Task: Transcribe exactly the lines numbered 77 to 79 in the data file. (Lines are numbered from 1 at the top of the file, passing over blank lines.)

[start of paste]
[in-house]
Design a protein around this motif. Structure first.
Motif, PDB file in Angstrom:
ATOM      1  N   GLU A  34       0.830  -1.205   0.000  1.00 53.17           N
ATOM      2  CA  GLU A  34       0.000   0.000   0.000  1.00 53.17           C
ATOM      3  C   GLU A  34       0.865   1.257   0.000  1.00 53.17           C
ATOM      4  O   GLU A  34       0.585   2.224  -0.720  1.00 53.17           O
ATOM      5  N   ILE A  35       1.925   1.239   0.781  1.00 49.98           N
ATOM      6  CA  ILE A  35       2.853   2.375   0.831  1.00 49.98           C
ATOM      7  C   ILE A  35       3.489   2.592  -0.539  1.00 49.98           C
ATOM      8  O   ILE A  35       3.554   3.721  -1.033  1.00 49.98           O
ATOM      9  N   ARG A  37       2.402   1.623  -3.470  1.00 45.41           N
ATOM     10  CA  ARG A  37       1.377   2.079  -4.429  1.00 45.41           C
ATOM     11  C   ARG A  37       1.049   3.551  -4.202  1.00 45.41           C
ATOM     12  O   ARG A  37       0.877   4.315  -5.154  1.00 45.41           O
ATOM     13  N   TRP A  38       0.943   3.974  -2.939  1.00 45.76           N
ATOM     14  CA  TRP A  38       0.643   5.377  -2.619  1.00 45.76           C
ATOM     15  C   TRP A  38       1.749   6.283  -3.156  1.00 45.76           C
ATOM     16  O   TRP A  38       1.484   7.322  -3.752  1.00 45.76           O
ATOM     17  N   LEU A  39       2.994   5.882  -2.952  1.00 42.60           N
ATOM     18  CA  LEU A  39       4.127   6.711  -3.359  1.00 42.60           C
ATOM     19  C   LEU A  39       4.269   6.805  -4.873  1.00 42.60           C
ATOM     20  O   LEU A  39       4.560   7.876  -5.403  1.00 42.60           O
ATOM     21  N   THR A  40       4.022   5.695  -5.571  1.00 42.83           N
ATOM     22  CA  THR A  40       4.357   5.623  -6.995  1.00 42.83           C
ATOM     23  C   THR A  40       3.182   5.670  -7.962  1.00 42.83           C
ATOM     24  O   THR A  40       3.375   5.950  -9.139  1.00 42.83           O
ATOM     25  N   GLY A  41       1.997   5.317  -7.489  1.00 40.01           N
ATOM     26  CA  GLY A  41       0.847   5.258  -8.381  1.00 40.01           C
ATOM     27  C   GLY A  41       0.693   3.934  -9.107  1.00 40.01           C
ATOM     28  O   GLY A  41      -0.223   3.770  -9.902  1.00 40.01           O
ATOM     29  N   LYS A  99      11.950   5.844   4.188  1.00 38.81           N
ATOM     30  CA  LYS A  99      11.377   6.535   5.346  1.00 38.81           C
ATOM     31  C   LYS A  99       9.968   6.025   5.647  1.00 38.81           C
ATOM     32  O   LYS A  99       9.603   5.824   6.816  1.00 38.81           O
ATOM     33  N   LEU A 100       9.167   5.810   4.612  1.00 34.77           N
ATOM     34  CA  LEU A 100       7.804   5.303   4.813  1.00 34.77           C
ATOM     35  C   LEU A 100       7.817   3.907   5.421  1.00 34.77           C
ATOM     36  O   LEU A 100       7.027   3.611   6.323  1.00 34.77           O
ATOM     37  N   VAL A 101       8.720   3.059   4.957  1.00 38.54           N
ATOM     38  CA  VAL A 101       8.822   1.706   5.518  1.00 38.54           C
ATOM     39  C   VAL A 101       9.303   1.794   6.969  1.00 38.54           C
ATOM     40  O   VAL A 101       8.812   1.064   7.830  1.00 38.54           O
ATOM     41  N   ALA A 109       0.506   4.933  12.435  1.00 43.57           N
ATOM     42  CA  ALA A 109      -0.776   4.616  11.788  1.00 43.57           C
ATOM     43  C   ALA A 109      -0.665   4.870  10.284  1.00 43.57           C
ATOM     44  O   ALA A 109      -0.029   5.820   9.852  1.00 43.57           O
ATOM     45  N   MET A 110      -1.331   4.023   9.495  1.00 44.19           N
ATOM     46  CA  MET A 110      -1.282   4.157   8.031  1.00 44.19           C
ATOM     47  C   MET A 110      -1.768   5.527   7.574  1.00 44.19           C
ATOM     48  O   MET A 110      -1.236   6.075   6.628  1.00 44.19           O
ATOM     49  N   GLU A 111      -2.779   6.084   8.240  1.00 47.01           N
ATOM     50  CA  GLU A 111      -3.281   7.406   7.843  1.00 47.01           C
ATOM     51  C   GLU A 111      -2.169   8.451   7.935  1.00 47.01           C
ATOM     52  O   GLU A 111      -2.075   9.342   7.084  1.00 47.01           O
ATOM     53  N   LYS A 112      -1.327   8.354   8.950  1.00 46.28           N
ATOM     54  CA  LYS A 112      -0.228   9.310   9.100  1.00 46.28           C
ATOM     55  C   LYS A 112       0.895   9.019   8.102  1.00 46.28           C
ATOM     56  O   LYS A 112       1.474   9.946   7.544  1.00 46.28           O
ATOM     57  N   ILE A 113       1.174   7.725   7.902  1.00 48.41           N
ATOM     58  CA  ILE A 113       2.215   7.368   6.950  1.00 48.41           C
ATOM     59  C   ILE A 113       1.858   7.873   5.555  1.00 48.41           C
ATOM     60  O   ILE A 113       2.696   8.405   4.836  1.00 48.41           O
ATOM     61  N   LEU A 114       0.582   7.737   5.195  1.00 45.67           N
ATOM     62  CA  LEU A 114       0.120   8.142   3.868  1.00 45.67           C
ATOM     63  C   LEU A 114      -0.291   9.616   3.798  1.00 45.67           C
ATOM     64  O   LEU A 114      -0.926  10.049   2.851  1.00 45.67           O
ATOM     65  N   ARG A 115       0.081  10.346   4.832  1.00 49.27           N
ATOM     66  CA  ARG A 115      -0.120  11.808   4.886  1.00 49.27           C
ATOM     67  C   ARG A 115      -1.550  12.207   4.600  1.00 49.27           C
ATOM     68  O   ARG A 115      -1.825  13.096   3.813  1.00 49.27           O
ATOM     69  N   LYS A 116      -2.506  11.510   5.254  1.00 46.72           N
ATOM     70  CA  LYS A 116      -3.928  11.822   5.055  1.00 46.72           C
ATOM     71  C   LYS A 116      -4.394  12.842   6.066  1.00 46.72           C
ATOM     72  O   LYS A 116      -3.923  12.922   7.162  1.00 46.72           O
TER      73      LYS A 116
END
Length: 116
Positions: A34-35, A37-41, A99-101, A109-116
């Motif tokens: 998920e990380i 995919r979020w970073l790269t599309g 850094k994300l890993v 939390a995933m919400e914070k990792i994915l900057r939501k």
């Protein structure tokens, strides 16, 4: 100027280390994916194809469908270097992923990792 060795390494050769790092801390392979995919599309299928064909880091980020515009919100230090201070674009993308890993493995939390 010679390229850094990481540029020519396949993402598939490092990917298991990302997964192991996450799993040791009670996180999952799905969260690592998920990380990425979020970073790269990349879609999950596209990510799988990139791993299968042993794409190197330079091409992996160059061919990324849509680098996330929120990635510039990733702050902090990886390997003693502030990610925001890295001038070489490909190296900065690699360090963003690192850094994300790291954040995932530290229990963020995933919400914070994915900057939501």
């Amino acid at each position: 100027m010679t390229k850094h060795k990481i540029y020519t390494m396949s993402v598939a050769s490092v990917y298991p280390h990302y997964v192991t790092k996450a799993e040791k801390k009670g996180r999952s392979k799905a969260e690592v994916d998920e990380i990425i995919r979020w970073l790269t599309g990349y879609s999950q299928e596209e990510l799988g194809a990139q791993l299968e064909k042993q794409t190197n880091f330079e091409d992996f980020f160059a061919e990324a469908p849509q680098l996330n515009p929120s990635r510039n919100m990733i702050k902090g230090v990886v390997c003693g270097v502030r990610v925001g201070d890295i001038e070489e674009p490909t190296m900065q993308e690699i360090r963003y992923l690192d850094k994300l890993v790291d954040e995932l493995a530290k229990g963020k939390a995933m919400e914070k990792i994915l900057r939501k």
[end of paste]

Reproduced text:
END
Length: 116
Positions: A34-35, A37-41, A99-101, A109-116